Janet stayed on for a few days after Lester returned home, meeting with environmental NGOs in Beijing and giving a presentation on Plan B 4.0 at Beijing Normal University. She also took a little time to be a tourist, including a notable hike on the Great Wall.
Reah Janise Kauffman
P.S. A thankful but tired traveler.
Tuesday, July 20, 2010
A news report coming out of the 2010 G20 Summit reported that “Every day governments give away an estimated two billion dollars of taxpayer money to the fossil-fuel industry.” (Stephen Leahy, Free Ride for Oil and Coal Industry May Be Over, IPS News)
This massive subsidy to the fossil-fuel industry not only is adding to climate change by rewarding the very energy sources that are helping to create it, but it is making it incredibly difficult for alternative energy sources to compete. It also deprives countries, especially those verging on bankruptcy, to feed and educate their population, attend to infrastructure needs, and more.
As Lester Brown says in Plan B 4.0:
A world facing economically disruptive climate change can no longer justify subsidies to expand the burning of coal and oil. Shifting these subsidies to the development of climate-benign energy sources such as wind, solar, biomass, and geothermal power will help stabilize the earth’s climate. Shifting subsidies from road construction to rail construction could increase mobility in many situations while reducing carbon emissions. And shifting the $22 billion in annual fishing industry subsidies, which encourage destructive overfishing, to the creation of marine parks to regenerate fisheries would be a giant step in restoring oceanic fisheries.
In a troubled world economy, where many governments are facing fiscal deficits, these proposed tax and subsidy shifts can help balance the books, create additional jobs, and save the economy’s eco-supports. Tax and subsidy shifting promises greater energy efficiency, cuts in carbon emissions, and reductions in environmental destruction—a win-win-win situation. A carbon tax on coal, for example, that fully incorporated the climate and health costs of burning it would lead to a quick phaseout. (From Chapter 10, “Can We Mobilize Fast Enough?”)
Our votes and our voices make a difference. Write to your political leaders about shifting subsidies away from environmentally destructive activities to climate-benign energy sources.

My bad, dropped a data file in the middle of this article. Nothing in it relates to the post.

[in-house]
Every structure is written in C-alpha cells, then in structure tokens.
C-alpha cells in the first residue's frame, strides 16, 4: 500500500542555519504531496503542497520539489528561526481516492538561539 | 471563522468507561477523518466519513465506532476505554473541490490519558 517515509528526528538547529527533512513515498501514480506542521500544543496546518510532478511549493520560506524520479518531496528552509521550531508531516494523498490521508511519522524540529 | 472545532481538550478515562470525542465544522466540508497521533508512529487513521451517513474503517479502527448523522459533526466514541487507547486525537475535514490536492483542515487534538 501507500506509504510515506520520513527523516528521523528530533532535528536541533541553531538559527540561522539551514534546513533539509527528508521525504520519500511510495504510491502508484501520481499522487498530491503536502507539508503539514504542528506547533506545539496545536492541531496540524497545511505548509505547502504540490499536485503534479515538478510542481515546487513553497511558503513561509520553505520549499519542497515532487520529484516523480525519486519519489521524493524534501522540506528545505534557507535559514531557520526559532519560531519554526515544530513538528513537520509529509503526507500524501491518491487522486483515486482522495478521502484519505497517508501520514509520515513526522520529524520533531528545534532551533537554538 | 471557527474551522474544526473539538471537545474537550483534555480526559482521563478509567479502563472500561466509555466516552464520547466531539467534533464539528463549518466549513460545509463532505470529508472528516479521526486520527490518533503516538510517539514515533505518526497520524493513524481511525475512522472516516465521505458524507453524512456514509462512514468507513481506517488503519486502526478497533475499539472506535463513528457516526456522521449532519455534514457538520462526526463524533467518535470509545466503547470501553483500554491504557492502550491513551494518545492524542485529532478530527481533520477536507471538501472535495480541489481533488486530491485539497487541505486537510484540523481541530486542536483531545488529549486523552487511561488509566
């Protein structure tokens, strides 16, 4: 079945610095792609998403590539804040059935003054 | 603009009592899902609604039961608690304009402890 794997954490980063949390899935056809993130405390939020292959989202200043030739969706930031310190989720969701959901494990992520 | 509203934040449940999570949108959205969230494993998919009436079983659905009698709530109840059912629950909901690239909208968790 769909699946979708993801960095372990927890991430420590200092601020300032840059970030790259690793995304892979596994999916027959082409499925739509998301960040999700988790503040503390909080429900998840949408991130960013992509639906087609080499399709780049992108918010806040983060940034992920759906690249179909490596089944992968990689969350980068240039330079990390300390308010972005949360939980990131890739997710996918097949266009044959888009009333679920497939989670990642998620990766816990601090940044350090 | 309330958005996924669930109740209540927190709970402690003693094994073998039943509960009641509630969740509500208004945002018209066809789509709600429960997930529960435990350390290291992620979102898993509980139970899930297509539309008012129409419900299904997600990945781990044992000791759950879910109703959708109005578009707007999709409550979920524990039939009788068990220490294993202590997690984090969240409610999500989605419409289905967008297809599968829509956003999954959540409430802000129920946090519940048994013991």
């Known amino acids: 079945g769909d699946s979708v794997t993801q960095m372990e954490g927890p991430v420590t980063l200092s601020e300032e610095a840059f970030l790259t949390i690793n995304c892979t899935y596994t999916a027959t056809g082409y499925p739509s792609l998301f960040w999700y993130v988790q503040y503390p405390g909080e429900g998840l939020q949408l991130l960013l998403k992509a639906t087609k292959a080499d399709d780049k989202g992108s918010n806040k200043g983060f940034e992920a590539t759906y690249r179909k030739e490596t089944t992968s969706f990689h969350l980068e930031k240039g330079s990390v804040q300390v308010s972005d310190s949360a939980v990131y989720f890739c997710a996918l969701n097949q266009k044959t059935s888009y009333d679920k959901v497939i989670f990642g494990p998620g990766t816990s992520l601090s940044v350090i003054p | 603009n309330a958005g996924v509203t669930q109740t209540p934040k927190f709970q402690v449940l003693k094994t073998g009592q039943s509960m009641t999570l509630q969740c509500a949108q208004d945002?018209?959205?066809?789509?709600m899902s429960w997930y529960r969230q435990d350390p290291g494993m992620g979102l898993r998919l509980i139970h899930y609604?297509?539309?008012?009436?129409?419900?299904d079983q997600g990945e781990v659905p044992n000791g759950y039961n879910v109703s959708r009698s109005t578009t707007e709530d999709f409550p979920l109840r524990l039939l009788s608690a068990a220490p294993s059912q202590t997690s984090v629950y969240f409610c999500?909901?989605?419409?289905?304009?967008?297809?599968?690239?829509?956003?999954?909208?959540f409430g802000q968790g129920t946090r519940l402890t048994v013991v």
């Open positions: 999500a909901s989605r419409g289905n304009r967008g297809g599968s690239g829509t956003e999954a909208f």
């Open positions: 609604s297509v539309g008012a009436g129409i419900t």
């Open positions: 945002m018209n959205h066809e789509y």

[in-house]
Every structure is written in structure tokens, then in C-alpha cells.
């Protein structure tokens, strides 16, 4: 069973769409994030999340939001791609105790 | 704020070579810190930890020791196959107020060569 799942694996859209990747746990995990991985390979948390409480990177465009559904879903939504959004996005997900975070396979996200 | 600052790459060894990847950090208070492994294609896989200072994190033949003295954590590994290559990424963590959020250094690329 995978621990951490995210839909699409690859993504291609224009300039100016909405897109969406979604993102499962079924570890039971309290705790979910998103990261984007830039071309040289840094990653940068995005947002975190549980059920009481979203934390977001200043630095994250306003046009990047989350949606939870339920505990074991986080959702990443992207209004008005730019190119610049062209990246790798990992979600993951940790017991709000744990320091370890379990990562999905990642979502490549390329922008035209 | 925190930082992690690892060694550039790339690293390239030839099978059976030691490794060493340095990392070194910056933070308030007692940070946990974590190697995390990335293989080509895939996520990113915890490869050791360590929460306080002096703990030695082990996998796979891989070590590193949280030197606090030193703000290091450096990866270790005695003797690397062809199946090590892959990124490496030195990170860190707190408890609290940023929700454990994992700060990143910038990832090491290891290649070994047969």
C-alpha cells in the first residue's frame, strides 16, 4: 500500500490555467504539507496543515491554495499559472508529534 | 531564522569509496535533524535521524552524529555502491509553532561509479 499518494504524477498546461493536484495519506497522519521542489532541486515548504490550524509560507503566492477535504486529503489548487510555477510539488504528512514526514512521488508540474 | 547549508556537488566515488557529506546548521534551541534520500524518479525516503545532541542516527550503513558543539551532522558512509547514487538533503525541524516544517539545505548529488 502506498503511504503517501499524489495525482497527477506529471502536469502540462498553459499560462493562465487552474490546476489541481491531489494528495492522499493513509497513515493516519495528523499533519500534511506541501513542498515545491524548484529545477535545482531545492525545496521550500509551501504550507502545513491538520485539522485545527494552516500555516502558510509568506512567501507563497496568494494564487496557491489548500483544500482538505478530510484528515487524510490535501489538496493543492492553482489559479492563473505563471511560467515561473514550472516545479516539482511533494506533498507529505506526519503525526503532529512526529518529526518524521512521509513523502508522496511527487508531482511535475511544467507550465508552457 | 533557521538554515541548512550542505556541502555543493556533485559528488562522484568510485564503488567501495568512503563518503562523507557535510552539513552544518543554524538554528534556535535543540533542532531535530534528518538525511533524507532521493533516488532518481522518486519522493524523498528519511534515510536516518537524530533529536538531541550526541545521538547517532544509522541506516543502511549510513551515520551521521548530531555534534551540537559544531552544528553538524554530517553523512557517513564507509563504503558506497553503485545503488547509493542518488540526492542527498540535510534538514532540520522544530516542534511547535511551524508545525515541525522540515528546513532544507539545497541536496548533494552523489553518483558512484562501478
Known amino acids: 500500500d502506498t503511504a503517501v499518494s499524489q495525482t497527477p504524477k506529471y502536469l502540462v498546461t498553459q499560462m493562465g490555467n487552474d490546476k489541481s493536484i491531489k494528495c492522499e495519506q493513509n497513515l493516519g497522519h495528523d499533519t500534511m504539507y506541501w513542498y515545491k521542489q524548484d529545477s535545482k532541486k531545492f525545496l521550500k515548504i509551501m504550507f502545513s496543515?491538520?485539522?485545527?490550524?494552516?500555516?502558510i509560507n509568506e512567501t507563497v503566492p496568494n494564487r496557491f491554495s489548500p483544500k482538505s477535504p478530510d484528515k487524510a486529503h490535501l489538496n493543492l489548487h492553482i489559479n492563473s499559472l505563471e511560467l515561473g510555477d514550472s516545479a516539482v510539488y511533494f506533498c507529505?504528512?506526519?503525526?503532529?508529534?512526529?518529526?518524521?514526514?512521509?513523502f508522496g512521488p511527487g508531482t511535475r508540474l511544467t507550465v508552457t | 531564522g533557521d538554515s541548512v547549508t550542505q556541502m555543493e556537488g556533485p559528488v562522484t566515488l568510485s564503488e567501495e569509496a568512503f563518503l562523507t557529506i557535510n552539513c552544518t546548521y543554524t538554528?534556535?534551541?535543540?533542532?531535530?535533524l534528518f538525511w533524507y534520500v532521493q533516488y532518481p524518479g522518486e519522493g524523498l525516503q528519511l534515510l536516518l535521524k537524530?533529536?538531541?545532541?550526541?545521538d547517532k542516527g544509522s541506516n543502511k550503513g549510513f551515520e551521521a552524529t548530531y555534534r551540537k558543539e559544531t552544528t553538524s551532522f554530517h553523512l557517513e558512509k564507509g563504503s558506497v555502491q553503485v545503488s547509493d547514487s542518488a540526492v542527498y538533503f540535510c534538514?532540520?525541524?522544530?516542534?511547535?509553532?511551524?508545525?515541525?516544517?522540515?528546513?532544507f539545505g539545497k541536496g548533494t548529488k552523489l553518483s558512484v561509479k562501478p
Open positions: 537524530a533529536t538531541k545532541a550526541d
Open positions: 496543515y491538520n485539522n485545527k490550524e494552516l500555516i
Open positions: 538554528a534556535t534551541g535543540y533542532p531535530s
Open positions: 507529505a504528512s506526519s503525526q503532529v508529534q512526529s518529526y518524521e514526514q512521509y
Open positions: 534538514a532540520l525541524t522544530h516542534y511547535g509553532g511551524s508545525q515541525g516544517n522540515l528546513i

Reah Janise Kauffman
Thursday, July 15, 2010
Earth Policy Institute has long been concerned about the increased melting of the earth’s mountain glaciers. While they would raise sea level only a matter of inches, the summer ice melt from these glaciers is what sustains many of the world’s rivers during the dry season. As glaciers recede and disappear entirely, large populations of people who rely on the melt water will be adversely affected. As temperature rises there will be a shrinkage of river-based irrigation water supplies. In early 2009 the University of Zurich’s World Glacier Monitoring Service reported that 2007 marked the eighteenth consecutive year of glacier retreat. And glaciers are melting at double the rate of a decade ago.
Today’s New York Times environmental blog, Green, has a particularly compelling video on this melting: Then and Now: The Retreating Glaciers.
As Lester Brown writes in Plan B 4.0: Mobilizing to Save Civilization, mountain glaciers are melting in the Andes, the Rocky Mountains, the Alps, and elsewhere, but nowhere does this melting threaten world food security more than in the Himalayas and on the Tibet-Qinghai Plateau, where the melting of glaciers could soon deprive the major rivers of India and China of the ice melt needed to sustain them during the dry season. In the Indus, Ganges, Yellow, and Yangtze River basins, where irrigated agriculture depends heavily on rivers, this loss of dry-season flow will shrink harvests and could create unmanageable food shortages.
For more on this subject, see Chapter 3 in Plan B 4.0, available for free downloading.